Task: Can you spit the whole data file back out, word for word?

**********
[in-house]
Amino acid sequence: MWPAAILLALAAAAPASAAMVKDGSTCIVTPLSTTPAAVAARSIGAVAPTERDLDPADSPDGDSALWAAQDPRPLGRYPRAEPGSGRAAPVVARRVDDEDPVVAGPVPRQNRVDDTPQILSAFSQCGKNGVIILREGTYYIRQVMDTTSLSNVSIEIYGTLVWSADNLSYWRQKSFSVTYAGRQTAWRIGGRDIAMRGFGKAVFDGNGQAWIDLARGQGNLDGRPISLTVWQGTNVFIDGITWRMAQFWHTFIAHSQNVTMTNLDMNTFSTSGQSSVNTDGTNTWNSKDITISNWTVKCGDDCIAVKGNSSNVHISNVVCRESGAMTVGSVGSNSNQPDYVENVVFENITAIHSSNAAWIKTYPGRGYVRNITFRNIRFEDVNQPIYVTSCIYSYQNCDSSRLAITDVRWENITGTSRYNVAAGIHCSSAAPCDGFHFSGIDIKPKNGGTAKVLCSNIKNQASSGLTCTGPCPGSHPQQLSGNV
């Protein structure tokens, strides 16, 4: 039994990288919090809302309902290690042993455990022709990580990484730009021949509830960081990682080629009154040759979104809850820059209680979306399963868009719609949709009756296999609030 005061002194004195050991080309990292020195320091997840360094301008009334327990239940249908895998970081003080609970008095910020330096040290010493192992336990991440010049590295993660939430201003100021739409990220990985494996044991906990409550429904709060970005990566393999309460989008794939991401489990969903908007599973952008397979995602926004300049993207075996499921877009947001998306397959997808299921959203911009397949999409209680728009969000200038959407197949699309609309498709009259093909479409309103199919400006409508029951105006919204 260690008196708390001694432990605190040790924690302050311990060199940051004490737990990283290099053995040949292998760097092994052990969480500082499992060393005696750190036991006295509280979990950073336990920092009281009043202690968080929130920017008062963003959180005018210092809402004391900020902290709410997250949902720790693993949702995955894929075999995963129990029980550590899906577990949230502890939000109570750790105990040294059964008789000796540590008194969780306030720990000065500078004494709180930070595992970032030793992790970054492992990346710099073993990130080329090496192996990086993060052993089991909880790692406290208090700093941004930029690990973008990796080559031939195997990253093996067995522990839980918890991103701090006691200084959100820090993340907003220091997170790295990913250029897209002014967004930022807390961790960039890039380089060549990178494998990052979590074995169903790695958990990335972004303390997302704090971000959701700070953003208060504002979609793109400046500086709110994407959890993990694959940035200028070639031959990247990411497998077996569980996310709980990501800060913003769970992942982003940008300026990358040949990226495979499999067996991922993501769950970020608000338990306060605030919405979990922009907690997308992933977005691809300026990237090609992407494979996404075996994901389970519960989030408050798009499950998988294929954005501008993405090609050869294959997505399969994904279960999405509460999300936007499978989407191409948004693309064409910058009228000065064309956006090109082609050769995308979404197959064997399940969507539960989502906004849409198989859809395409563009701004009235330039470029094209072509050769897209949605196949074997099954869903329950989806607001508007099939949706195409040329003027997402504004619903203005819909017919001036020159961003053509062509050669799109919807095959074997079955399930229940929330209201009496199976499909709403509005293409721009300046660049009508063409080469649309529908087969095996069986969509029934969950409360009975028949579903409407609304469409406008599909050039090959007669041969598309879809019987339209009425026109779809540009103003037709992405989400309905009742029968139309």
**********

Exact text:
[in-house]
Amino acid sequence: MWPAAILLALAAAAPASAAMVKDGSTCIVTPLSTTPAAVAARSIGAVAPTERDLDPADSPDGDSALWAAQDPRPLGRYPRAEPGSGRAAPVVARRVDDEDPVVAGPVPRQNRVDDTPQILSAFSQCGKNGVIILREGTYYIRQVMDTTSLSNVSIEIYGTLVWSADNLSYWRQKSFSVTYAGRQTAWRIGGRDIAMRGFGKAVFDGNGQAWIDLARGQGNLDGRPISLTVWQGTNVFIDGITWRMAQFWHTFIAHSQNVTMTNLDMNTFSTSGQSSVNTDGTNTWNSKDITISNWTVKCGDDCIAVKGNSSNVHISNVVCRESGAMTVGSVGSNSNQPDYVENVVFENITAIHSSNAAWIKTYPGRGYVRNITFRNIRFEDVNQPIYVTSCIYSYQNCDSSRLAITDVRWENITGTSRYNVAAGIHCSSAAPCDGFHFSGIDIKPKNGGTAKVLCSNIKNQASSGLTCTGPCPGSHPQQLSGNV
């Protein structure tokens, strides 16, 4: 039994990288919090809302309902290690042993455990022709990580990484730009021949509830960081990682080629009154040759979104809850820059209680979306399963868009719609949709009756296999609030 005061002194004195050991080309990292020195320091997840360094301008009334327990239940249908895998970081003080609970008095910020330096040290010493192992336990991440010049590295993660939430201003100021739409990220990985494996044991906990409550429904709060970005990566393999309460989008794939991401489990969903908007599973952008397979995602926004300049993207075996499921877009947001998306397959997808299921959203911009397949999409209680728009969000200038959407197949699309609309498709009259093909479409309103199919400006409508029951105006919204 260690008196708390001694432990605190040790924690302050311990060199940051004490737990990283290099053995040949292998760097092994052990969480500082499992060393005696750190036991006295509280979990950073336990920092009281009043202690968080929130920017008062963003959180005018210092809402004391900020902290709410997250949902720790693993949702995955894929075999995963129990029980550590899906577990949230502890939000109570750790105990040294059964008789000796540590008194969780306030720990000065500078004494709180930070595992970032030793992790970054492992990346710099073993990130080329090496192996990086993060052993089991909880790692406290208090700093941004930029690990973008990796080559031939195997990253093996067995522990839980918890991103701090006691200084959100820090993340907003220091997170790295990913250029897209002014967004930022807390961790960039890039380089060549990178494998990052979590074995169903790695958990990335972004303390997302704090971000959701700070953003208060504002979609793109400046500086709110994407959890993990694959940035200028070639031959990247990411497998077996569980996310709980990501800060913003769970992942982003940008300026990358040949990226495979499999067996991922993501769950970020608000338990306060605030919405979990922009907690997308992933977005691809300026990237090609992407494979996404075996994901389970519960989030408050798009499950998988294929954005501008993405090609050869294959997505399969994904279960999405509460999300936007499978989407191409948004693309064409910058009228000065064309956006090109082609050769995308979404197959064997399940969507539960989502906004849409198989859809395409563009701004009235330039470029094209072509050769897209949605196949074997099954869903329950989806607001508007099939949706195409040329003027997402504004619903203005819909017919001036020159961003053509062509050669799109919807095959074997079955399930229940929330209201009496199976499909709403509005293409721009300046660049009508063409080469649309529908087969095996069986969509029934969950409360009975028949579903409407609304469409406008599909050039090959007669041969598309879809019987339209009425026109779809540009103003037709992405989400309905009742029968139309």